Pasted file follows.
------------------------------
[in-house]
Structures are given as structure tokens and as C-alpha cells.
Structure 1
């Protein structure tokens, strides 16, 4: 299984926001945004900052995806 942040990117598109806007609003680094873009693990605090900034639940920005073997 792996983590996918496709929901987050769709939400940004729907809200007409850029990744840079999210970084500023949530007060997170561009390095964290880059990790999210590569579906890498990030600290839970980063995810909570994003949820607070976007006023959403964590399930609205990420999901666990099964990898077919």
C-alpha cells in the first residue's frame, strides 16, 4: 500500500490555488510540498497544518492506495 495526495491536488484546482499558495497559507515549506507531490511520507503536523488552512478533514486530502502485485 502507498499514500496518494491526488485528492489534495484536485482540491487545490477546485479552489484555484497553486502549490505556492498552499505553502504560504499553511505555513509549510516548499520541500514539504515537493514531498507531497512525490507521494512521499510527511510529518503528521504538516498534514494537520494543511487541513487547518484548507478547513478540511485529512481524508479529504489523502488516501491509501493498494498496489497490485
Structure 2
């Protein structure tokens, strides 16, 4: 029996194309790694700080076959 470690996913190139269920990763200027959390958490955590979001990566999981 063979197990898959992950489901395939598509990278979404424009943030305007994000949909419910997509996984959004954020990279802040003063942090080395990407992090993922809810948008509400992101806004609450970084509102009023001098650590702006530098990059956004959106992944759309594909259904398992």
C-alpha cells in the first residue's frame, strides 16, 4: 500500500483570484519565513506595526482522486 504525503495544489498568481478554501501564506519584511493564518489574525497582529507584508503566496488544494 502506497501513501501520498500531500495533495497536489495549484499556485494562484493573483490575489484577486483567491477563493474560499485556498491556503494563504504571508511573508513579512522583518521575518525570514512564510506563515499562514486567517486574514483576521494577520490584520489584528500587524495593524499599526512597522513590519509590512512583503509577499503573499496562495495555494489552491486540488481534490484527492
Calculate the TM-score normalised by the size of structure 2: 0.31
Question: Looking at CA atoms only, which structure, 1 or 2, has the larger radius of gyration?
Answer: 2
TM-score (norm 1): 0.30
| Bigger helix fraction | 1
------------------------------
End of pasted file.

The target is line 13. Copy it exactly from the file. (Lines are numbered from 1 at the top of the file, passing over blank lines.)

| Bigger helix fraction | 1